A new app came out Tuesday, and it’s got some folks pretty excited. Why? Because its doing away with the curse of all smartphone videos: shaky video shots.
This is Hyperlapse, Instagrams new brainchild. It lets your iPhone capture the kind of footage you'd normally only get with expensive video setups simply by stabilizing videos using your phone's gyroscope.
The social media company announced the app in a blog post, posting a video comparing normal hand-held shots with Hyperlapsed shots.
TechCrunch says, even though the app has a whopping three controls, it's actually pretty complicated.
"Image stabilization tech is processing-intensive to the point where it really isn't feasible on mobile. However, by using the gyroscopes in the phone itself, the Instagram team used algorithms to calculate the movements of the phone and correct it in the shot."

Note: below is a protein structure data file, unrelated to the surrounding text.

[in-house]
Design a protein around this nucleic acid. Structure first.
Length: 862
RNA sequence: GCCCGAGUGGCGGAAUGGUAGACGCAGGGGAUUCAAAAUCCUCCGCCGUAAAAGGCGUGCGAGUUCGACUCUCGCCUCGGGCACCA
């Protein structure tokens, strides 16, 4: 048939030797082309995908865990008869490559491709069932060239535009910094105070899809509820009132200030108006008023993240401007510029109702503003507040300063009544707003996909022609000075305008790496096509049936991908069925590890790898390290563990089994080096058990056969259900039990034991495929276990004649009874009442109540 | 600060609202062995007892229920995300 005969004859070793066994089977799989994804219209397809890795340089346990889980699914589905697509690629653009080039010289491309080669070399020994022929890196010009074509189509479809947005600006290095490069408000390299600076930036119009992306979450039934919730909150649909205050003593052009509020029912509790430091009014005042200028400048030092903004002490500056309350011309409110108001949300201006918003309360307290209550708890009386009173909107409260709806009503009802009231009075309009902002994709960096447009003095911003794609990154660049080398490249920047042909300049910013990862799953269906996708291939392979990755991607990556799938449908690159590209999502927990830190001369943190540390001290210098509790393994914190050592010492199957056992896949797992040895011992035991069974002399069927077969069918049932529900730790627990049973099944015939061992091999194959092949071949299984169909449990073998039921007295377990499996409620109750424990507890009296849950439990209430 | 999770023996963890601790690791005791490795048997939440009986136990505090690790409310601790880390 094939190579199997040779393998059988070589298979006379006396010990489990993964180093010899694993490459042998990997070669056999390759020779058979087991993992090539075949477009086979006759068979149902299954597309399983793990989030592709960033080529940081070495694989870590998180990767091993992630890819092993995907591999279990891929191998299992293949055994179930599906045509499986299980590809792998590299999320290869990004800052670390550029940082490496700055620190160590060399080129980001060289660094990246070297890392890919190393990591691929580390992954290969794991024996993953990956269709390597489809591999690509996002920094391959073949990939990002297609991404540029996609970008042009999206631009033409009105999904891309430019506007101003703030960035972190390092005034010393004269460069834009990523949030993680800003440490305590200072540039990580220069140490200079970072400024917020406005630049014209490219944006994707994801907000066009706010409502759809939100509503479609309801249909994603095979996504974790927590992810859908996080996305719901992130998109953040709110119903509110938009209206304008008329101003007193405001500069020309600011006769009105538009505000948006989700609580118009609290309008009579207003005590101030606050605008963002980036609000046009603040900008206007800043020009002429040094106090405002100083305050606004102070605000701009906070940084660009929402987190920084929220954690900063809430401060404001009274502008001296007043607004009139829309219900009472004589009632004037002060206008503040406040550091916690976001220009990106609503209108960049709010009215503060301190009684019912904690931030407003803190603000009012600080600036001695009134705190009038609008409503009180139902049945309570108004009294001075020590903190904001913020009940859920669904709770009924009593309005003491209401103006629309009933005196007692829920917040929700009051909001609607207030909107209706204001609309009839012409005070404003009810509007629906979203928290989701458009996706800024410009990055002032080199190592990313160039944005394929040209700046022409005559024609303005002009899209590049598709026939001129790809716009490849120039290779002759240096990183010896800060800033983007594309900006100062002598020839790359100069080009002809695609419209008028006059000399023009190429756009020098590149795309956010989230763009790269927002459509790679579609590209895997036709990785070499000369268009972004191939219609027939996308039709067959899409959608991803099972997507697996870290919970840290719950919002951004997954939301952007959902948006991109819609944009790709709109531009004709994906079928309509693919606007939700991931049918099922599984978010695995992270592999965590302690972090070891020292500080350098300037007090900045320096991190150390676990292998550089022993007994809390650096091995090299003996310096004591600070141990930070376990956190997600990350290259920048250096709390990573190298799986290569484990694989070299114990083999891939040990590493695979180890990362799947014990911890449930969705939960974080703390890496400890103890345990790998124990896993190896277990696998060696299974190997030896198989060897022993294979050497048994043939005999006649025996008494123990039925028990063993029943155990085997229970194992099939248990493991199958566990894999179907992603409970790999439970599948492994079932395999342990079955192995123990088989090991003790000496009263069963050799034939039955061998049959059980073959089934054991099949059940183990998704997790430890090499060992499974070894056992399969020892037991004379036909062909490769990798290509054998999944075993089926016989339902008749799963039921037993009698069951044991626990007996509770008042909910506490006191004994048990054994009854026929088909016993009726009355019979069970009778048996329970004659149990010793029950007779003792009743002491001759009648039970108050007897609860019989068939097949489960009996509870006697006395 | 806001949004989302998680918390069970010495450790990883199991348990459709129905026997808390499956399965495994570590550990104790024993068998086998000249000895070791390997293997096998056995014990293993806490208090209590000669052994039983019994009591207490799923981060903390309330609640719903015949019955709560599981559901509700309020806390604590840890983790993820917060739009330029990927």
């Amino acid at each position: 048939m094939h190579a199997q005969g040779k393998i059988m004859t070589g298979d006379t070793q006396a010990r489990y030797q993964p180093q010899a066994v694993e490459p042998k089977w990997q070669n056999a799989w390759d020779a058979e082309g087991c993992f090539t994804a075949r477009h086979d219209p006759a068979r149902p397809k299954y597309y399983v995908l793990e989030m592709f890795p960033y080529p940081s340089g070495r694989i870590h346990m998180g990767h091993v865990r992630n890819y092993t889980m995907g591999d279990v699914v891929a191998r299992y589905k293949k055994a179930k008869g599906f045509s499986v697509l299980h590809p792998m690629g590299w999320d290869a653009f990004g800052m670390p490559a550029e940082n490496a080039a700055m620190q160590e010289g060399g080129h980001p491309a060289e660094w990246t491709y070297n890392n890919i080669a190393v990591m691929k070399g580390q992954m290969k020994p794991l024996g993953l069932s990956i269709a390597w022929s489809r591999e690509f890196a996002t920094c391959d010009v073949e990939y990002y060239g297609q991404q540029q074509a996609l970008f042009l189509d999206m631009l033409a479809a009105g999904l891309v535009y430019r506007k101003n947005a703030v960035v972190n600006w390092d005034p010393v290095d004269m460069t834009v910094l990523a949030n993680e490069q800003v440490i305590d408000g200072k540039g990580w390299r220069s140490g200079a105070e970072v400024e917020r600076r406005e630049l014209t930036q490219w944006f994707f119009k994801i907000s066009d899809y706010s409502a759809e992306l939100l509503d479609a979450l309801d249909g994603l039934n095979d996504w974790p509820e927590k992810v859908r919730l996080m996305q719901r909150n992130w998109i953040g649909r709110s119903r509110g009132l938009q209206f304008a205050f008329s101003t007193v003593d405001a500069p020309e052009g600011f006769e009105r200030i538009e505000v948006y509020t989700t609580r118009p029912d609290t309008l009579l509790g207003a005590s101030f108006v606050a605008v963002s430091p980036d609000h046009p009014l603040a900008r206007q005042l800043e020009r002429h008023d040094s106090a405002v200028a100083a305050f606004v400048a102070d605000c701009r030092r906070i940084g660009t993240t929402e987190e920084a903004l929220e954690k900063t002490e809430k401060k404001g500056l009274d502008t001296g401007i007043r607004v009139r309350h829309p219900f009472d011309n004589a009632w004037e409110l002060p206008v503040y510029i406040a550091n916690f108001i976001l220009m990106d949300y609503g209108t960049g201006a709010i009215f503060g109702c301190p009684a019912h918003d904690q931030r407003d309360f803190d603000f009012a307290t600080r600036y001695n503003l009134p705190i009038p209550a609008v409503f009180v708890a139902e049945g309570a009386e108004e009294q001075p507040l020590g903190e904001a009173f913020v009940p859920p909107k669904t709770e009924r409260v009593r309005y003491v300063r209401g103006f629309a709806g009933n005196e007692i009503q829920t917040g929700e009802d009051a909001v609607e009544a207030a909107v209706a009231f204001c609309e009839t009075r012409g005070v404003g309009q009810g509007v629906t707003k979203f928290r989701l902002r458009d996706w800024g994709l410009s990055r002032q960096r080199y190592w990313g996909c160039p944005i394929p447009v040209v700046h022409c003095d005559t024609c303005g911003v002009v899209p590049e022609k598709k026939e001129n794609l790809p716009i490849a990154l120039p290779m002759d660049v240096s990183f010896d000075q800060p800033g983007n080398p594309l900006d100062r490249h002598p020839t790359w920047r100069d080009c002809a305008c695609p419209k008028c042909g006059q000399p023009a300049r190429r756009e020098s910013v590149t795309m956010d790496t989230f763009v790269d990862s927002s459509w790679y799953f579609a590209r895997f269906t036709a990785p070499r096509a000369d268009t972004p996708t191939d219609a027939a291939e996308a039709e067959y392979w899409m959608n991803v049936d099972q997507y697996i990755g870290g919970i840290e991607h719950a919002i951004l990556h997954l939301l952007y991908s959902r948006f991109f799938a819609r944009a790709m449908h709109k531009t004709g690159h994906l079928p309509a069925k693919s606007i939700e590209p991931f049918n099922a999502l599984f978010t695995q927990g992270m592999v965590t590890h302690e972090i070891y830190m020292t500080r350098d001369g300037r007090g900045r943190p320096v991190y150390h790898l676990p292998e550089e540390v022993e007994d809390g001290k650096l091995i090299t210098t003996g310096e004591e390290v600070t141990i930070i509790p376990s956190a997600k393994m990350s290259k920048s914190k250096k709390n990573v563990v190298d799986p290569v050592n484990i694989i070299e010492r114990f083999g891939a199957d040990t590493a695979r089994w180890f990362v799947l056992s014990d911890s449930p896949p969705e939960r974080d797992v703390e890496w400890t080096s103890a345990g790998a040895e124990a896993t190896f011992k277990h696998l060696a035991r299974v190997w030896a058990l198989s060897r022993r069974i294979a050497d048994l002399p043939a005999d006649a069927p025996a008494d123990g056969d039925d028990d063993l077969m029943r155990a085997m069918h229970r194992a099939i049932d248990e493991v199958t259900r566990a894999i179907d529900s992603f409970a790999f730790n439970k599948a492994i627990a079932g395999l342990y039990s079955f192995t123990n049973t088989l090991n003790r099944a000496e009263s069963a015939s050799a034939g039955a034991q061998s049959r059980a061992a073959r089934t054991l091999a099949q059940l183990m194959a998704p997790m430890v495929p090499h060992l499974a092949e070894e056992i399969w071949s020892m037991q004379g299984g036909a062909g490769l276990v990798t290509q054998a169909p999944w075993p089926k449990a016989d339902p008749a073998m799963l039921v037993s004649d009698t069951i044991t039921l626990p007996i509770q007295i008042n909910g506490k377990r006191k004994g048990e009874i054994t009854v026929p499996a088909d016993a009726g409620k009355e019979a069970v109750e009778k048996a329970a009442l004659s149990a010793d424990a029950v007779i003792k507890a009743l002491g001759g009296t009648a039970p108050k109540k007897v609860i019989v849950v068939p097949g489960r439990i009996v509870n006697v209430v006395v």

Wired even compared the app to a $15,000 tracking rig. The magazine spoke with Thomas Dimson of Instagram’s product team about what inspired him to create the app.
Turns out, it was 1992’s Baraka — a hybrid film/photo essay that features tracking shots of different parts of humanity.
Dimson told Wired: "It was my senior year, and my friend who was an architect said, 'You have to see it, it will blow you away.' Ever since, it's always been the back of my mind."
Hyperlapse marks the second stand-alone app released by Instagram — the first being Bolt, a Snapchat competitor released in New Zealand, Singapore and South Africa.
As for why the app was released as a stand-alone instead of packaged with Instagram, the company’s co-founder told Wired they felt hyperlapse would be less noticeable hidden inside another app.
Hyperlapse won't be the only app offering time lapse functionality for long. Apple announced a similar feature that will be added to the standard camera app when iOS 8 is released this fall. (Video viaAppleInsider)
For now, it's probably best to heed the words of The Washington Post's Caitlin Dewey: "Most importantly, don’t go crazy. We all like a good timelapse, but could do without 500 in our Instagram feeds."